Vision 100 Kicks Off Yet Again, Gets Answers From Belvidere Residents

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Student population in Belvidere schools is exploding. The hallways are overflowing with students in every building, but the growth is a catch-22. Yes, tax revenues are generated, but the new challenges are to figure out how to keep classes at a reasonable size, as well as pay for new buildings.

And that's where the grassroots program vision 100 comes in. Approving a new Belvidere high school was the first step. But now, there are several more steps to tackle in the near future, issues again laid out at Vision 100.

A couple hundred people, from teachers to parents to administrators, came out for the second Vision 100 kickoff. The first one back in fall of 2004 focused on what kind of high school to build. Last spring, those wishes came true, when Belvidere voters approved a new building, but narrowly rejected its annual maintenance costs.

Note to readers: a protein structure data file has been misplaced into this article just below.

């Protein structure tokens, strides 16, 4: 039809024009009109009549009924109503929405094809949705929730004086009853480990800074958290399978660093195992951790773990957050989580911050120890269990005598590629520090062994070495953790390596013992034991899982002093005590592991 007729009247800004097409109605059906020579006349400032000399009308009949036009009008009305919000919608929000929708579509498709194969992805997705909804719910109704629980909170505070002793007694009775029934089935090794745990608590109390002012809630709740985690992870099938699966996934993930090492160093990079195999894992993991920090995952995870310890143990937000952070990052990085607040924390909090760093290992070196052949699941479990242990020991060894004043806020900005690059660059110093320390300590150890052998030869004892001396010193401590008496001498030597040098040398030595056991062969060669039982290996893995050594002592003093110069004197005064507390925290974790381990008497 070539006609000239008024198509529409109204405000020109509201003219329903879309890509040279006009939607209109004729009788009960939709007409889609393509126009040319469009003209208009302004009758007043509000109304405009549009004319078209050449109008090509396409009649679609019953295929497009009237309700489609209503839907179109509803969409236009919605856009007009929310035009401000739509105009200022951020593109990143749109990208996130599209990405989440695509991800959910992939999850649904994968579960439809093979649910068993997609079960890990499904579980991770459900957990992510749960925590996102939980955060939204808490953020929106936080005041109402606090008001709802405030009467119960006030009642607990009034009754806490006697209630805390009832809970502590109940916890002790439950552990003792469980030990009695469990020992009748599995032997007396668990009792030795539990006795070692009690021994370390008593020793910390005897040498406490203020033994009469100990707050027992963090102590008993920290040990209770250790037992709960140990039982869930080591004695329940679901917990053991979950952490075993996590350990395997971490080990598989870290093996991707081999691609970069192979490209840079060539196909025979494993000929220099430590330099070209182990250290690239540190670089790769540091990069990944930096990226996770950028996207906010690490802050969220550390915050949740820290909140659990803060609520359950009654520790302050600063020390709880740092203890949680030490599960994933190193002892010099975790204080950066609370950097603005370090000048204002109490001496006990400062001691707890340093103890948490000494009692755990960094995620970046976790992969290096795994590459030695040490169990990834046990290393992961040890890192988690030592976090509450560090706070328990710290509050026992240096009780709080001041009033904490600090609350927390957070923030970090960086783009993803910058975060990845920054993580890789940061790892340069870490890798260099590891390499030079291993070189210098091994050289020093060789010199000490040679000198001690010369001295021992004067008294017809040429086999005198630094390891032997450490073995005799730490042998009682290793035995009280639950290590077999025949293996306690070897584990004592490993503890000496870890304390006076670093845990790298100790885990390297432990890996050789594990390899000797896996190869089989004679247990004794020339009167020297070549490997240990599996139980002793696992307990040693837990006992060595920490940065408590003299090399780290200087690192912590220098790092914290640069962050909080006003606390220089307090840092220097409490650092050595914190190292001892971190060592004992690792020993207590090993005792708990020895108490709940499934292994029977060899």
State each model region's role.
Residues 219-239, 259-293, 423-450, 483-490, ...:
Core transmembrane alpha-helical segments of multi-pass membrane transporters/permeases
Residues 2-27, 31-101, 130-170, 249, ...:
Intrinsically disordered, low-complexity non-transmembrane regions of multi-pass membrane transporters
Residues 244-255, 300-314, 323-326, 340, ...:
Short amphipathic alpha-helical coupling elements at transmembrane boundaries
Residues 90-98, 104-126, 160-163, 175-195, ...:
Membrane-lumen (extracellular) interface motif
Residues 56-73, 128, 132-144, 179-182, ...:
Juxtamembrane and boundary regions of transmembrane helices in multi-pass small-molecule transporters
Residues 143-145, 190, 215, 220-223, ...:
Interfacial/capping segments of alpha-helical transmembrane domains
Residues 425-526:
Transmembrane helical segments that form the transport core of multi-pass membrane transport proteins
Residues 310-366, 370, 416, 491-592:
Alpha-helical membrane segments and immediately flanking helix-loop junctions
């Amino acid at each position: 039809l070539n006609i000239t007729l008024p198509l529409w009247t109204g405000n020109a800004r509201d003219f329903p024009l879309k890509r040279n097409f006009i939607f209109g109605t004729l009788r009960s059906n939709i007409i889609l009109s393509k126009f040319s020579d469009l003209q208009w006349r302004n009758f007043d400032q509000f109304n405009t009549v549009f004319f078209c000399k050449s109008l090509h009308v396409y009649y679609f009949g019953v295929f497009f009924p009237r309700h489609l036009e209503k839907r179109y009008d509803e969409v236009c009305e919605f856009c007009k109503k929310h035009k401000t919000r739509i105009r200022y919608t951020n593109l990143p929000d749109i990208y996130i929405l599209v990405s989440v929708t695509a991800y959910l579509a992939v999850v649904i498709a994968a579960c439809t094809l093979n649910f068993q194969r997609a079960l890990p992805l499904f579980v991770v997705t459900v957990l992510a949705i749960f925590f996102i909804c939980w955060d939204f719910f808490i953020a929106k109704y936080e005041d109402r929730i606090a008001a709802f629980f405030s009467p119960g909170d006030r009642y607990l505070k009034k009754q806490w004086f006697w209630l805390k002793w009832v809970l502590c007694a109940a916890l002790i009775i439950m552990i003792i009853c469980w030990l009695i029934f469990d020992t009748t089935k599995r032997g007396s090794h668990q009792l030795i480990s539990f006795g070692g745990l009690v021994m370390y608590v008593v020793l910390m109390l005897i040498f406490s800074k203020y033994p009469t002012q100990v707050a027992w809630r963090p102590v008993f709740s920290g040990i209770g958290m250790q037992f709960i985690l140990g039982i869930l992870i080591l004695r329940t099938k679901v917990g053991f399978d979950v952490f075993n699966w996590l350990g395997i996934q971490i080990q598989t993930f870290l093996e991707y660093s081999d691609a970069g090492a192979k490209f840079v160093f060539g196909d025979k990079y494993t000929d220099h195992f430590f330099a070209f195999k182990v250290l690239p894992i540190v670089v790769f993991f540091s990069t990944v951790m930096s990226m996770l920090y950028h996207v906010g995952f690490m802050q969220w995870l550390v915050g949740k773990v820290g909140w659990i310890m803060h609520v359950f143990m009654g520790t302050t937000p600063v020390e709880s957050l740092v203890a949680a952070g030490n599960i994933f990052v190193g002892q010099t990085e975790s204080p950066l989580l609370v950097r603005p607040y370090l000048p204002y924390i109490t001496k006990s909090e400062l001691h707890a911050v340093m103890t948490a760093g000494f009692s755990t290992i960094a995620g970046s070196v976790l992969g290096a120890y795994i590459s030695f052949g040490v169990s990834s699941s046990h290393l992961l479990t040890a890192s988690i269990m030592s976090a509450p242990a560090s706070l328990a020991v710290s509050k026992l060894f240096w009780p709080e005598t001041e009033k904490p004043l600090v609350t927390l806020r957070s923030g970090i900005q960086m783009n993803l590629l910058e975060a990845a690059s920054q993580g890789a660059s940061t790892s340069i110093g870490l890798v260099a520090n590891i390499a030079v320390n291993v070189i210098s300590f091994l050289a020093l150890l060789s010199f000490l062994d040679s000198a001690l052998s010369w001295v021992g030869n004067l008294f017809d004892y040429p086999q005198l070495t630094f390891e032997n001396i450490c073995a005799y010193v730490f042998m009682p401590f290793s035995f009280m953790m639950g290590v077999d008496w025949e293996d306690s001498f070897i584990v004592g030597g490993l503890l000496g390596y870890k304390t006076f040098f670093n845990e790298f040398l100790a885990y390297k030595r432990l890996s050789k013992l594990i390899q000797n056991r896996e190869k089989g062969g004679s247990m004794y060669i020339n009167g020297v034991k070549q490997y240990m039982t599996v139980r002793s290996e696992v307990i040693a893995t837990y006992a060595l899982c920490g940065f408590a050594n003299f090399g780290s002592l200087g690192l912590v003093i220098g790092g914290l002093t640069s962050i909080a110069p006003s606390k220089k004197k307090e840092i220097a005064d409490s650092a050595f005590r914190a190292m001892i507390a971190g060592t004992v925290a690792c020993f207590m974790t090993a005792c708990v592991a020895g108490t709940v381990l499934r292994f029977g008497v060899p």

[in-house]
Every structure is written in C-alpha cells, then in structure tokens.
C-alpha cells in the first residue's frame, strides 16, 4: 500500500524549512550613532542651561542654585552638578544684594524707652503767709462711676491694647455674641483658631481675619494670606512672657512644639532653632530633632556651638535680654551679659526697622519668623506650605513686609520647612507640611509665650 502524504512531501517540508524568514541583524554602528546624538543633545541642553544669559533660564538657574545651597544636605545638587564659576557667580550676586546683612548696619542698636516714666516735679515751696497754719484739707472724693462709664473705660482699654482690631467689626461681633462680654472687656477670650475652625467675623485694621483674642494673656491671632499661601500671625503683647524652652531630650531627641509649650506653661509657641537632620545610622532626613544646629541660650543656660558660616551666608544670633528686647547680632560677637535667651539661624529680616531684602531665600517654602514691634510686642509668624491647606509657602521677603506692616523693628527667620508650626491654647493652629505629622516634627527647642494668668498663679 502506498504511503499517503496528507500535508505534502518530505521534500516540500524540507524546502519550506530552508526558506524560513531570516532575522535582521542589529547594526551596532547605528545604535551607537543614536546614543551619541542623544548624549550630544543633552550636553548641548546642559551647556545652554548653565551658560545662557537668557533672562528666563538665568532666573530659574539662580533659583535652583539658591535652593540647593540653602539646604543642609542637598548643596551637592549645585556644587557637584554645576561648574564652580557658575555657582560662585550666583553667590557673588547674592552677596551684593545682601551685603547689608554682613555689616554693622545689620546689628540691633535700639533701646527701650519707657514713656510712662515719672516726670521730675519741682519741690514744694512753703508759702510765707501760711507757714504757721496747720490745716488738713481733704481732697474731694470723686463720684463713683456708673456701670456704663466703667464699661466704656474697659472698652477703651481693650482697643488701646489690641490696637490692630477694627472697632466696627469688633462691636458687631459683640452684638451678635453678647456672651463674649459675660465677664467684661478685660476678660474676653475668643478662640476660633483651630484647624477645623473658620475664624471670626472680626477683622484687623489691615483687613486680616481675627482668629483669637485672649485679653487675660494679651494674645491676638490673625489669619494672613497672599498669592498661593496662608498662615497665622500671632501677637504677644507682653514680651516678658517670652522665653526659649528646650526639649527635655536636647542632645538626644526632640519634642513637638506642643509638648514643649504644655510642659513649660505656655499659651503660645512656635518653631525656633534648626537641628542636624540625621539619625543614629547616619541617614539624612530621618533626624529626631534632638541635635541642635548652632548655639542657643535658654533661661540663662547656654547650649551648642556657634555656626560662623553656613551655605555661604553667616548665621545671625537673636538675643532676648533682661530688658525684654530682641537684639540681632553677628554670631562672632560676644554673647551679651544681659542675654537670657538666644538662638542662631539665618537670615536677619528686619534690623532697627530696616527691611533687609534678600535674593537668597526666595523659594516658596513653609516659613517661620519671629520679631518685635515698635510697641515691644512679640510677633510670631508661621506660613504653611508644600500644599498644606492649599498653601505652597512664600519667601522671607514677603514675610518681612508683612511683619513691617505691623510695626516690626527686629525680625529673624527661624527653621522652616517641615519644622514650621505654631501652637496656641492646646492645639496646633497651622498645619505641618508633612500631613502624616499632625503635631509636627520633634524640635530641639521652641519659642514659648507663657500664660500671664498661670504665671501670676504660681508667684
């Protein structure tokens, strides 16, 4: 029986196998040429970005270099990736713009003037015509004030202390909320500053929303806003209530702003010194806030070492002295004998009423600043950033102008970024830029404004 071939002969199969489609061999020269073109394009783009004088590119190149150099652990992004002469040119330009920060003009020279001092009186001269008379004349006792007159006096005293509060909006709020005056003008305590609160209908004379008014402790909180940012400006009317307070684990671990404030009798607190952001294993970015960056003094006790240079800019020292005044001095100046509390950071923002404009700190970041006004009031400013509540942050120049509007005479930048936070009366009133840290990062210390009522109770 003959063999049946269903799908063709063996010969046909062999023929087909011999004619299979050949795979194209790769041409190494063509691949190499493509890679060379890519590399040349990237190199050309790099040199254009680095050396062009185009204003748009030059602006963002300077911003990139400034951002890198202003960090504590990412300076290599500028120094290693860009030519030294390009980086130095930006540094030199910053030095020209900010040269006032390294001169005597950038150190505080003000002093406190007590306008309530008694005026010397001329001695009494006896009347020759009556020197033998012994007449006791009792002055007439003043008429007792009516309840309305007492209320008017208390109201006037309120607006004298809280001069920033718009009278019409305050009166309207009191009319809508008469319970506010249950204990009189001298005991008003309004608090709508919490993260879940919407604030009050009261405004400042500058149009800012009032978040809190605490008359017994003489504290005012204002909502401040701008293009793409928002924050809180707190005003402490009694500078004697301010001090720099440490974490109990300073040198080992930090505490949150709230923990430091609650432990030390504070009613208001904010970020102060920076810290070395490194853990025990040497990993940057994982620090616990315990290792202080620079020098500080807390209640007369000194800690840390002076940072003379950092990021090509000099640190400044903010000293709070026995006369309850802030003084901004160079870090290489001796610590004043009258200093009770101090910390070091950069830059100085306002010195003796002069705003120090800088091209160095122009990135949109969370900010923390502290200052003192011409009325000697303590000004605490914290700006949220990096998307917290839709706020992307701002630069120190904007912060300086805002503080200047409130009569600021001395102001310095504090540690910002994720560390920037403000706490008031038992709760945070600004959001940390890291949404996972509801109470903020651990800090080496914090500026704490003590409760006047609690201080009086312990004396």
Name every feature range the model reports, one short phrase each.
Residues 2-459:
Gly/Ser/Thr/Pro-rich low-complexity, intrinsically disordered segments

That failed question will again be on the November ballot, but these residents must decide just how that question will look. They'll also look at adding new curriculum, and what facilities might be needed during the next decade.

"I think we've proven through the process that the community really does have a say in this. It is important that this comes from the bottom up, and everybody can embrace the decisions that are made," Vision 100 Co-Chair Kim Larson said.

"You are always going to wonder about the quality of education, it is the future. Those kids that are going to be around 20, 30, 40 years from now," Parent Bob Hauser said.

The second Vision 100 will run every other week until May. Then, the community's findings will be presented to the school board.